Egypt's main opposition alliance has rejected the president's call for national dialogue as empty of content.
Mohammed Morsi had urged opposition leaders to attend a meeting following four days of deadly violence.
Dozens have died since a court sentenced 21 people to death over football riots last year. Anger over Mr Morsi's rule has fuelled other unrest.
A state of emergency has been declared in Port Said, Suez and Ismailia, and a night-time curfew will begin later.
The violence continued on Monday morning, with one man killed by gunfire near Cairo's Tahrir Square.
Also on Monday, the cabinet approved a draft law allowing the army to participate in policing and have the power of arrest.
'Form, not content'
Mohamed ElBaradei, a leading member of the opposition National Salvation Front, told journalists that before it would attend any national dialogue, Mr Morsi would have to appoint a national unity government and take steps to amend the disputed constitution."The dialogue to which the president invited us is to do with form and not content," Mr ElBaradei said.
"We support any dialogue if it has a clear agenda that can shepherd the nation to the shores of safety."
Former presidential candidate Hamdeen Sabahi, speaking at the same news conference, said: "We aspire to a dialogue, but there are no guarantees that this dialogue will be a success... while blood is being spilled."
Mr Morsi had called the meeting for 18:00 local time (16:00 GMT).
The BBC's Yolande Knell, in Cairo, says the president had been hoping that dialogue could restore national unity amid growing concern about the scale of the latest unrest.
He invited representatives from 11 political forces - Islamists, liberals and leftists - to come to the presidential palace for talks, but so far it is unclear who will accept his invitation, our correspondent adds.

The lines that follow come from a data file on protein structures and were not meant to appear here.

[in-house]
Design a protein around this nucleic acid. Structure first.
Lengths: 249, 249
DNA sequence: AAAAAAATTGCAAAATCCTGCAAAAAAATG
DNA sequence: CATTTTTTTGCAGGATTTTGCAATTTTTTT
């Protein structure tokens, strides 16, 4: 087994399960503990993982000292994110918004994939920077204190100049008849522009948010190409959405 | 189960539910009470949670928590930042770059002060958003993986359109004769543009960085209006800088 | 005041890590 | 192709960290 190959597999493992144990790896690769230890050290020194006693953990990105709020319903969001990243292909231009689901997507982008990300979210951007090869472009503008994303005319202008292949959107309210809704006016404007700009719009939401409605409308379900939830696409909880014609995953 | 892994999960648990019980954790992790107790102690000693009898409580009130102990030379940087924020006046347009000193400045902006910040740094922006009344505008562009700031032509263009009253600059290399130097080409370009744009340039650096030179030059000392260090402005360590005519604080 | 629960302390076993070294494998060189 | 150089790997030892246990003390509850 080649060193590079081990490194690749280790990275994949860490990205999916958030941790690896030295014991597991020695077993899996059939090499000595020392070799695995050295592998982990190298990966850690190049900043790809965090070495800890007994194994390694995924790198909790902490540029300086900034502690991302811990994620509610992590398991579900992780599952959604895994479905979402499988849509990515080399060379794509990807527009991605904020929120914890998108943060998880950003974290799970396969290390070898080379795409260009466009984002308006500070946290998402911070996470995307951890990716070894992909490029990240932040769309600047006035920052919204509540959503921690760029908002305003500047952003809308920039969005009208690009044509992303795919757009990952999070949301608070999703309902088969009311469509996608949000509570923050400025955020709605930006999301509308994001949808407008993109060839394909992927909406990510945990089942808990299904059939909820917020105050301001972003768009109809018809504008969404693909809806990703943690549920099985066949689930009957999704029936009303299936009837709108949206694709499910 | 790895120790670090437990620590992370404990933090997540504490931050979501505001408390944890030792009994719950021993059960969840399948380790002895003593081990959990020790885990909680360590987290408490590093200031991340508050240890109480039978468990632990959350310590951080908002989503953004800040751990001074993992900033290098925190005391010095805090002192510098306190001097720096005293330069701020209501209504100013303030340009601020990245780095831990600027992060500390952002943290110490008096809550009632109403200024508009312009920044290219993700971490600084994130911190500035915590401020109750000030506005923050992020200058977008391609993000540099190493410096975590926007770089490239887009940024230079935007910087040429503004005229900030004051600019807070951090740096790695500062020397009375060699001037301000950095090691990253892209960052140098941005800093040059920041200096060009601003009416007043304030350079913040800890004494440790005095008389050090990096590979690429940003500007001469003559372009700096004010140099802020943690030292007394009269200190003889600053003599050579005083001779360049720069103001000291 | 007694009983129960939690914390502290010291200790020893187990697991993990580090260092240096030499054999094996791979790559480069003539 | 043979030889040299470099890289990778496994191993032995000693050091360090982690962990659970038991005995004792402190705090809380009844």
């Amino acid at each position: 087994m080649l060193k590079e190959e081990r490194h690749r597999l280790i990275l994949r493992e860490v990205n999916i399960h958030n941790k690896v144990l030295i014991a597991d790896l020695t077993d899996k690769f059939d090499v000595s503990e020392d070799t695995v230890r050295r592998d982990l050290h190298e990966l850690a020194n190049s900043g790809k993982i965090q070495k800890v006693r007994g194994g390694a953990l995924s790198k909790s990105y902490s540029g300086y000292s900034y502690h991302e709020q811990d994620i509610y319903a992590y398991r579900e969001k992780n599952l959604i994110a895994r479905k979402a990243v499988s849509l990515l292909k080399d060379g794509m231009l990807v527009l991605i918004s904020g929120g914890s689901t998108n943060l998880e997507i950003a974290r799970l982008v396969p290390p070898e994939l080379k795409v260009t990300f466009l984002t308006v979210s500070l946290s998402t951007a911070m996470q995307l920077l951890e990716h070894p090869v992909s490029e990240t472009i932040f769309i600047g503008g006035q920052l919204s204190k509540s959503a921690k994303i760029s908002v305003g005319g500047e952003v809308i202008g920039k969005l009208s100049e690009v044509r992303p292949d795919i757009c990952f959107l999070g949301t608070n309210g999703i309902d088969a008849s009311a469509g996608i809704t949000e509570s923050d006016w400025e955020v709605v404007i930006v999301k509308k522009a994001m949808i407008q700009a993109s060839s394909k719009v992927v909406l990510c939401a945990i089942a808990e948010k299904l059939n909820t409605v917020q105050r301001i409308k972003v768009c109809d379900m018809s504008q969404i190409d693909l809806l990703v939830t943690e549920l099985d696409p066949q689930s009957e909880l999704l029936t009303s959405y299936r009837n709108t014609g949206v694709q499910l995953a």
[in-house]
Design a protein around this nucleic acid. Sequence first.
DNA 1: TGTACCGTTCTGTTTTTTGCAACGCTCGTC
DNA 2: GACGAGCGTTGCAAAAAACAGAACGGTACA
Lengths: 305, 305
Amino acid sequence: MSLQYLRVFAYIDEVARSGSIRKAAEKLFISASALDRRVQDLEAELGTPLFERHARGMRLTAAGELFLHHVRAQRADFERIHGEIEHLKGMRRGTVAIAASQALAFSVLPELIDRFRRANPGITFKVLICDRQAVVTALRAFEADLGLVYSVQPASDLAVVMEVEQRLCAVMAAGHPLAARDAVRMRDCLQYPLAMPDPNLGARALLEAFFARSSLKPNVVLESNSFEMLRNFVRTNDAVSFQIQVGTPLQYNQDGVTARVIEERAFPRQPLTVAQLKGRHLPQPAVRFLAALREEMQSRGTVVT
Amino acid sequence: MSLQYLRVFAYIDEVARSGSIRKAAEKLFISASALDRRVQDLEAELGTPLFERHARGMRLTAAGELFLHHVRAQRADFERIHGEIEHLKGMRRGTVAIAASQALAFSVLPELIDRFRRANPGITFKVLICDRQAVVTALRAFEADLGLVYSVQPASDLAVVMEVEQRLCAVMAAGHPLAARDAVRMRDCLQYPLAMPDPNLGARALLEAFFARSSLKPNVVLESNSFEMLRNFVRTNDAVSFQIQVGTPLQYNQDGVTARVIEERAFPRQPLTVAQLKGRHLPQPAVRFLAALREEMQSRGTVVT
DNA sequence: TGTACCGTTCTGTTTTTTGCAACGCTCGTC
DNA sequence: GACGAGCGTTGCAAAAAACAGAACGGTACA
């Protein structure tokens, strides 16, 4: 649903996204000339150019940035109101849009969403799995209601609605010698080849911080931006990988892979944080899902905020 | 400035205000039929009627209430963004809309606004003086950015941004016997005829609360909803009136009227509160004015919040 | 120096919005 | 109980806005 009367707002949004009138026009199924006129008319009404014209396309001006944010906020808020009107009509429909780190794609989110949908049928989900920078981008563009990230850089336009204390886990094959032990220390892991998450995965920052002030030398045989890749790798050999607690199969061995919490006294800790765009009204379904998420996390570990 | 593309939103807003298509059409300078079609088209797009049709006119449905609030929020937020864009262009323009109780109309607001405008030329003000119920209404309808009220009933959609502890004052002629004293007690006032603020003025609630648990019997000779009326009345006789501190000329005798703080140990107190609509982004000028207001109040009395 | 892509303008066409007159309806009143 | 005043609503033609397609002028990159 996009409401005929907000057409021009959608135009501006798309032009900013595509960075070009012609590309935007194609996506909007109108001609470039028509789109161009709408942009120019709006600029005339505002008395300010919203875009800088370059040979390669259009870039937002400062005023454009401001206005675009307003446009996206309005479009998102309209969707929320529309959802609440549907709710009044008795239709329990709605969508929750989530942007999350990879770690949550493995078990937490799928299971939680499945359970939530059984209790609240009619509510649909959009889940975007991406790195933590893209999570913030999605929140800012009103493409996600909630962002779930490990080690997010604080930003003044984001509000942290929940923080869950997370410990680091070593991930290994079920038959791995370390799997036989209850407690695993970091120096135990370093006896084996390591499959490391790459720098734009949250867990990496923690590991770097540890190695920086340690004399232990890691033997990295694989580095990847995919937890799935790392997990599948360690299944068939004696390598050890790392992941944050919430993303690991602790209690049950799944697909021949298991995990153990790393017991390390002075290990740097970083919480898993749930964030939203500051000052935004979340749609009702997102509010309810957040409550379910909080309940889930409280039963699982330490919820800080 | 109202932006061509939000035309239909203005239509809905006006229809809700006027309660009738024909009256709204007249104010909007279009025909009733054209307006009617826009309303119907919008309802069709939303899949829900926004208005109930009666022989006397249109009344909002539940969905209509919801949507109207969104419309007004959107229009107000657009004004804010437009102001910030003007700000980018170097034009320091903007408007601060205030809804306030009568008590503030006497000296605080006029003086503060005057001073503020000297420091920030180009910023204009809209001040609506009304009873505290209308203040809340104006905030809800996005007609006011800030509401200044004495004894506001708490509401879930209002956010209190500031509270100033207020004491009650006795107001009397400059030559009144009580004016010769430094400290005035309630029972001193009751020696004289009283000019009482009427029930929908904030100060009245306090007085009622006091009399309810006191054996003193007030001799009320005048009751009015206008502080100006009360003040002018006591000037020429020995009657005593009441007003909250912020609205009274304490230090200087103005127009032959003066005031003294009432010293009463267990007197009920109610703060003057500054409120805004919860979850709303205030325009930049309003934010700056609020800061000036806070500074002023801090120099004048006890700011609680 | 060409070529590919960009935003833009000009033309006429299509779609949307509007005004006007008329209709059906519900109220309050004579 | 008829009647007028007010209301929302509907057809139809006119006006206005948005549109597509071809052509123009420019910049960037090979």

The opposition accuses Mr Morsi of being autocratic and driving through a new constitution that does not protect adequately freedom of expression or religion.
The constitution was approved in a national referendum in December.Another anti-Morsi rally is scheduled for Cairo for Monday afternoon.
Mr Morsi announced the state of emergency in Port Said, Suez and Ismailia in a national televised address on Sunday evening.
He said he might take further steps "for the sake of Egypt", as it was his "duty" as president.
"I have said I am against any emergency measures but I have said that if I must stop bloodshed and protect the people, then I will act," the president added.
"If I must, I will do much more for the sake of Egypt. This is my duty and I will not hesitate."
The draft law passed by the cabinet on Monday allowed the army "to participate with the police in preserving security and protecting vital establishments", state news agency Mena said. Those arrested by the army would by tried by a civilian court if charged, it added.
Football riotsViolence continued overnight, with anti-Morsi protesters in Ismailia clashing with police, who responded with tear gas.About 30 people died in unrest in Port Said on Saturday, while another three were killed at a mass funeral on Sunday.
The protests began in Port Said after a court sentenced 21 local people to death over riots that killed 74 people after a football game last February.
February's riots began when fans of Port Said side al-Masry attacked visiting supporters from Cairo club al-Ahly. Fans flooded on to the pitch, attacking al-Ahly players and fans as the match ended. Most of the victims died of concussion, cuts and suffocation.
Early on Monday, protesters and riot police also clashed for a fifth consecutive day in Cairo, where the anger focuses more heavily on the constitution and on what Mr Morsi's opponents say is a betrayal of the revolution that overthrew Hosni Mubarak.
Protests last week marking the second anniversary of the uprising left five people dead in Suez.